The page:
Quality Control Quagmire

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Quality Control Quagmire
By Debby Eisenman

In today’s fast-paced world and disposable society, we have come to accept lower standards in the quality of merchandise. Most of today’s items are not made to last. Shoemakers are a dying breed, since many shoes are so cheaply made that they are tossed as soon as they show signs of wear. Cell phones and computers, almost obsolete as soon as they are purchased, hit the scrap pile as soon as technology renders them out-of-date. Seams on sweaters and shirts fray and unravel after little wear. Shoddy workmanship exists because our society is of a throw-away-and-buy-new mentality.
We accept a lot of inefficiency these days, but two frustrating incidents in two days have exceeded this writer’s level of toleration. Yesterday we had to return a large family-size package of cube steaks to one grocery store in town since we discovered upon opening the package that sections on some of the steaks were an unappetizing shade of gray. This meant a sudden menu change for dinner last night and the time and gas to go back to the store. At least the store was in town, so there was no major disruption in our schedule. We figured, “win some, lose some,” took our refund which the store made with no problem, and went on our way.
Last week we purchased a queen size sheet and pillow case set at a large mall department store in a nearby city, along with an extra set of pillowcases. They remained unopened until this morning when I decided to strip the bed of the old sheets and put the new ones on. First, I decided to launder them to rid them of any sizing which might bother my allergies. The washing machine and dryer began running at 7:30 a.m. filled with alternate loads of the old and new bedding.
Finally, when all the new ones were dried, I put the new pillowcases on and attempted to put on the bottom fitted sheet. No matter which way I rotated it, the sheet would not fit. Even allowing for shrinkage, it was far too little for the queen size bed. Upon examination of the tag, I discovered the reason why—it was a full size sheet and not a queen size. Bear in mind that both sheets and the two pillowcases were packaged all in one parcel clearly marked queen sheet set.

What to do? Everything has to go back—not just the one wrong sheet, since they were all in a set. The second set of pillowcases also must go just in case the color and style is not longer in stock. What does this mean? Only another round trip to the store at great inconvenience. More gas, more time. My aggravation level increased further as I attempted to squeeze the items back into their original packaging which proved to be impossible. They sit now, folded and ready for a trip back to the store as soon as we are able. A good part of the morning was gone before the bed was remade with the cleaned older sheets, and I was ready to call it a day.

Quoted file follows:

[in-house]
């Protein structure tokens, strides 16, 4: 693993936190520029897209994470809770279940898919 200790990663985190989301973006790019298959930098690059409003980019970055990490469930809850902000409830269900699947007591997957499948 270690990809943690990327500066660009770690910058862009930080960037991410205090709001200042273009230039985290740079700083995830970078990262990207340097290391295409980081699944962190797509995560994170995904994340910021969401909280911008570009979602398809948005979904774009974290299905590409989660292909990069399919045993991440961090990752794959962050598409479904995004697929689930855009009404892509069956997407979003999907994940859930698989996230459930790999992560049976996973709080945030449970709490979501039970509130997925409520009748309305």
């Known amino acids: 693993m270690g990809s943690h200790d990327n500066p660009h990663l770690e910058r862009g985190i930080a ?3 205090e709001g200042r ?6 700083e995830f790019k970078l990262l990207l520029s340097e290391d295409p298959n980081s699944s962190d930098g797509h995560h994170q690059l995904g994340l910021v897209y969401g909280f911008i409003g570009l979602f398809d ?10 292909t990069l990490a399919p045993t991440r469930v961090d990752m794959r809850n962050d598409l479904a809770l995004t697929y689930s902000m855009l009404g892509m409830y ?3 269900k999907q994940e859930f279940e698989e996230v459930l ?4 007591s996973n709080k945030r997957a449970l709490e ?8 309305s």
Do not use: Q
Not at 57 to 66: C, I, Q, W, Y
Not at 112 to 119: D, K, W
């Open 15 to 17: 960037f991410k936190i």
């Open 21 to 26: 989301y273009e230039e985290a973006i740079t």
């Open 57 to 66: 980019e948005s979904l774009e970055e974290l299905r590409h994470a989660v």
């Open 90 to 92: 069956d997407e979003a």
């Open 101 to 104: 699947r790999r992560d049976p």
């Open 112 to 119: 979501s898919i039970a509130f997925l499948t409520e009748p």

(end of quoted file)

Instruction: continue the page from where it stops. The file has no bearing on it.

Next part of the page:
Frustrated and exasperated, we began to reflect on similar past experiences. There was the brand new coffee maker we purchased from one of the big box stores in another nearby city. It was not only hard to assemble, but had poorly written instructions and illustrations. Whatever water we poured in the well to make coffee would leak out immediately, all over everything. We returned it, and are drinking instant coffee until we get up the courage to try again.
Several months ago, we purchased a Pro-Form XP exercise bike from another big box store located in that same city. Due to the weight and complexity of the mechanism, costs for movers and a technician to assemble it on our premises were included in the invoice and a delivery time was scheduled. That process did not go smoothly, and phone lines buzzed between our home and the store on delivery day. Shortly after the technician left, we discovered that the handlebars had been put on backward. A month later a foot pedal fell off, and we discovered that it had been assembled facing the wrong way also. Luckily, we had a service contract, or we would have been left out to dry.

Quality means a degree or grade of excellence, whether it is in the relative goodness or in the high quality grade of an item or the essential character of someone or something. We should hold people to high standards. Why should we settle for less? If we continue to accept mediocrity without an outcry, then are we mediocre? Think about it.


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